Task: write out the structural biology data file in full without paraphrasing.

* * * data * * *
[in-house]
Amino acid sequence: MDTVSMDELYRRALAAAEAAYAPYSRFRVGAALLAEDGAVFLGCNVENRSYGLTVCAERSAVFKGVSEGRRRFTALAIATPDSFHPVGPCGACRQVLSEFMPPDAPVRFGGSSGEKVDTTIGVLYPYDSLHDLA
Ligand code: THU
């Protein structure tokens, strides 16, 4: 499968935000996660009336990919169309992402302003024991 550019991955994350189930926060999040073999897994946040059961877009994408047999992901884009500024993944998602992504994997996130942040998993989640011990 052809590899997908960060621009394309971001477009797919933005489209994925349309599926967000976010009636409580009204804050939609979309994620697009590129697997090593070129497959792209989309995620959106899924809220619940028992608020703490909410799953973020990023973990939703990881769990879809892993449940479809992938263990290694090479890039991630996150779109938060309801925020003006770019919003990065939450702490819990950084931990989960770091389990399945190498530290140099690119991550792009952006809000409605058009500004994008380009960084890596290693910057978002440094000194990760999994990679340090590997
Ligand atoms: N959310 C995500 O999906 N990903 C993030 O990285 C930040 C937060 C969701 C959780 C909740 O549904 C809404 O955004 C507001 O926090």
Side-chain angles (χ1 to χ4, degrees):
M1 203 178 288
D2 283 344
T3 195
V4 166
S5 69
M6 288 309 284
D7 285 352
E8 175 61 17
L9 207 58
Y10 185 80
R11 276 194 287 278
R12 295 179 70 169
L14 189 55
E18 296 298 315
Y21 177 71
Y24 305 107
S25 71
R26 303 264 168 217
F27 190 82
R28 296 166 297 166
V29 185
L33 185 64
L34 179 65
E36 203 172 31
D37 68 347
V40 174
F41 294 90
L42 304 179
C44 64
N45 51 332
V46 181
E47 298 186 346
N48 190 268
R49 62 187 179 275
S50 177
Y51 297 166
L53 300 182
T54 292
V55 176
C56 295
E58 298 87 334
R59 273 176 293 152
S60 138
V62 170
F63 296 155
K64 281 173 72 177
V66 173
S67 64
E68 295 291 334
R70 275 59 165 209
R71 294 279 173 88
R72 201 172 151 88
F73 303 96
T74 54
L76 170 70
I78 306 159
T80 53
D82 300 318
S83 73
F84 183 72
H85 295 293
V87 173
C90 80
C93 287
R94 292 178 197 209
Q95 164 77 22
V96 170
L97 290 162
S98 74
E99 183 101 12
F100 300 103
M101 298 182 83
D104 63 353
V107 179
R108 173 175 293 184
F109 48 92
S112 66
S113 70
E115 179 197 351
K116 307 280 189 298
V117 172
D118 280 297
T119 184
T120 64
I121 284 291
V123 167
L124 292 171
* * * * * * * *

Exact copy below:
[in-house]
Amino acid sequence: MDTVSMDELYRRALAAAEAAYAPYSRFRVGAALLAEDGAVFLGCNVENRSYGLTVCAERSAVFKGVSEGRRRFTALAIATPDSFHPVGPCGACRQVLSEFMPPDAPVRFGGSSGEKVDTTIGVLYPYDSLHDLA
Ligand code: THU
């Protein structure tokens, strides 16, 4: 499968935000996660009336990919169309992402302003024991 550019991955994350189930926060999040073999897994946040059961877009994408047999992901884009500024993944998602992504994997996130942040998993989640011990 052809590899997908960060621009394309971001477009797919933005489209994925349309599926967000976010009636409580009204804050939609979309994620697009590129697997090593070129497959792209989309995620959106899924809220619940028992608020703490909410799953973020990023973990939703990881769990879809892993449940479809992938263990290694090479890039991630996150779109938060309801925020003006770019919003990065939450702490819990950084931990989960770091389990399945190498530290140099690119991550792009952006809000409605058009500004994008380009960084890596290693910057978002440094000194990760999994990679340090590997
Ligand atoms: N959310 C995500 O999906 N990903 C993030 O990285 C930040 C937060 C969701 C959780 C909740 O549904 C809404 O955004 C507001 O926090």
Side-chain angles (χ1 to χ4, degrees):
M1 203 178 288
D2 283 344
T3 195
V4 166
S5 69
M6 288 309 284
D7 285 352
E8 175 61 17
L9 207 58
Y10 185 80
R11 276 194 287 278
R12 295 179 70 169
L14 189 55
E18 296 298 315
Y21 177 71
Y24 305 107
S25 71
R26 303 264 168 217
F27 190 82
R28 296 166 297 166
V29 185
L33 185 64
L34 179 65
E36 203 172 31
D37 68 347
V40 174
F41 294 90
L42 304 179
C44 64
N45 51 332
V46 181
E47 298 186 346
N48 190 268
R49 62 187 179 275
S50 177
Y51 297 166
L53 300 182
T54 292
V55 176
C56 295
E58 298 87 334
R59 273 176 293 152
S60 138
V62 170
F63 296 155
K64 281 173 72 177
V66 173
S67 64
E68 295 291 334
R70 275 59 165 209
R71 294 279 173 88
R72 201 172 151 88
F73 303 96
T74 54
L76 170 70
I78 306 159
T80 53
D82 300 318
S83 73
F84 183 72
H85 295 293
V87 173
C90 80
C93 287
R94 292 178 197 209
Q95 164 77 22
V96 170
L97 290 162
S98 74
E99 183 101 12
F100 300 103
M101 298 182 83
D104 63 353
V107 179
R108 173 175 293 184
F109 48 92
S112 66
S113 70
E115 179 197 351
K116 307 280 189 298
V117 172
D118 280 297
T119 184
T120 64
I121 284 291
V123 167
L124 292 171